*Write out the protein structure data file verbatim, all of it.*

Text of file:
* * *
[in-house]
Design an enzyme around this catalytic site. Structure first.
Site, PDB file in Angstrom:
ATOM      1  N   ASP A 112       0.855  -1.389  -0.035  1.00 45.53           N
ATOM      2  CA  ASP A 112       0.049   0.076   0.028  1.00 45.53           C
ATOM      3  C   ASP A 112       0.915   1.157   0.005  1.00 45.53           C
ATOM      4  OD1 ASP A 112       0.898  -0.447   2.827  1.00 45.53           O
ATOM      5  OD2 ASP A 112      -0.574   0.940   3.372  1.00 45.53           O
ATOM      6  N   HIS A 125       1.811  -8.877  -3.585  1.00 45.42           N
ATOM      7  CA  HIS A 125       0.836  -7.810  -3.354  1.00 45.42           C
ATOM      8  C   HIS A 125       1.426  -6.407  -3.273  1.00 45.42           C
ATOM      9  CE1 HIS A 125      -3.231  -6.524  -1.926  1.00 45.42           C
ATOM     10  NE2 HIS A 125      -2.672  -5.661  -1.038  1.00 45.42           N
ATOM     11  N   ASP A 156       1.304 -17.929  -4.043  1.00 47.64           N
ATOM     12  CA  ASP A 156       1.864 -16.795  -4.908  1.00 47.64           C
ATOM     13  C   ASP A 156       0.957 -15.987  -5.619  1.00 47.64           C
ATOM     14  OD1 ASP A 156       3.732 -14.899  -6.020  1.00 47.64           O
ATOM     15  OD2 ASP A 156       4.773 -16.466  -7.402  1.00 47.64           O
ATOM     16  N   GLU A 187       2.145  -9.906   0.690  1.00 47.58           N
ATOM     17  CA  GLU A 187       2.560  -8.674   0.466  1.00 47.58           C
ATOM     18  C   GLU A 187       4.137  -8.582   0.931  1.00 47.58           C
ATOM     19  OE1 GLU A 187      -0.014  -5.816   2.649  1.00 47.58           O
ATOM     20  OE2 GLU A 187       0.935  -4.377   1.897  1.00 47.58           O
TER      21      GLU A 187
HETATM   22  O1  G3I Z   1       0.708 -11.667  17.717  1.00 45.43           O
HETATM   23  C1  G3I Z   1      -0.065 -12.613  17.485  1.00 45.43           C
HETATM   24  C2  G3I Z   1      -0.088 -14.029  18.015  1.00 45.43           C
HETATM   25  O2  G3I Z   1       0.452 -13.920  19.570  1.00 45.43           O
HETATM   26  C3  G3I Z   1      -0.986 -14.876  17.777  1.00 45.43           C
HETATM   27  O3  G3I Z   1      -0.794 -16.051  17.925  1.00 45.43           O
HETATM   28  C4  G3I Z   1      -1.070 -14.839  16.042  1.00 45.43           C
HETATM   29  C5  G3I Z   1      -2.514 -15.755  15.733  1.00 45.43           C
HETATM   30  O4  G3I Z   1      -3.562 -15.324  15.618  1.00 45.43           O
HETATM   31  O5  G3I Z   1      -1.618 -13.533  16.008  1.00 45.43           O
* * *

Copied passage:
[in-house]
Design an enzyme around this catalytic site. Structure first.
Site, PDB file in Angstrom:
ATOM      1  N   ASP A 112       0.855  -1.389  -0.035  1.00 45.53           N
ATOM      2  CA  ASP A 112       0.049   0.076   0.028  1.00 45.53           C
ATOM      3  C   ASP A 112       0.915   1.157   0.005  1.00 45.53           C
ATOM      4  OD1 ASP A 112       0.898  -0.447   2.827  1.00 45.53           O
ATOM      5  OD2 ASP A 112      -0.574   0.940   3.372  1.00 45.53           O
ATOM      6  N   HIS A 125       1.811  -8.877  -3.585  1.00 45.42           N
ATOM      7  CA  HIS A 125       0.836  -7.810  -3.354  1.00 45.42           C
ATOM      8  C   HIS A 125       1.426  -6.407  -3.273  1.00 45.42           C
ATOM      9  CE1 HIS A 125      -3.231  -6.524  -1.926  1.00 45.42           C
ATOM     10  NE2 HIS A 125      -2.672  -5.661  -1.038  1.00 45.42           N
ATOM     11  N   ASP A 156       1.304 -17.929  -4.043  1.00 47.64           N
ATOM     12  CA  ASP A 156       1.864 -16.795  -4.908  1.00 47.64           C
ATOM     13  C   ASP A 156       0.957 -15.987  -5.619  1.00 47.64           C
ATOM     14  OD1 ASP A 156       3.732 -14.899  -6.020  1.00 47.64           O
ATOM     15  OD2 ASP A 156       4.773 -16.466  -7.402  1.00 47.64           O
ATOM     16  N   GLU A 187       2.145  -9.906   0.690  1.00 47.58           N
ATOM     17  CA  GLU A 187       2.560  -8.674   0.466  1.00 47.58           C
ATOM     18  C   GLU A 187       4.137  -8.582   0.931  1.00 47.58           C
ATOM     19  OE1 GLU A 187      -0.014  -5.816   2.649  1.00 47.58           O
ATOM     20  OE2 GLU A 187       0.935  -4.377   1.897  1.00 47.58           O
TER      21      GLU A 187
HETATM   22  O1  G3I Z   1       0.708 -11.667  17.717  1.00 45.43           O
HETATM   23  C1  G3I Z   1      -0.065 -12.613  17.485  1.00 45.43           C
HETATM   24  C2  G3I Z   1      -0.088 -14.029  18.015  1.00 45.43           C
HETATM   25  O2  G3I Z   1       0.452 -13.920  19.570  1.00 45.43           O
HETATM   26  C3  G3I Z   1      -0.986 -14.876  17.777  1.00 45.43           C
HETATM   27  O3  G3I Z   1      -0.794 -16.051  17.925  1.00 45.43           O
HETATM   28  C4  G3I Z   1      -1.070 -14.839  16.042  1.00 45.43           C
HETATM   29  C5  G3I Z   1      -2.514 -15.755  15.733  1.00 45.43           C
HETATM   30  O4  G3I Z   1      -3.562 -15.324  15.618  1.00 45.43           O
HETATM   31  O5  G3I Z   1      -1.618 -13.533  16.008  1.00 45.43           O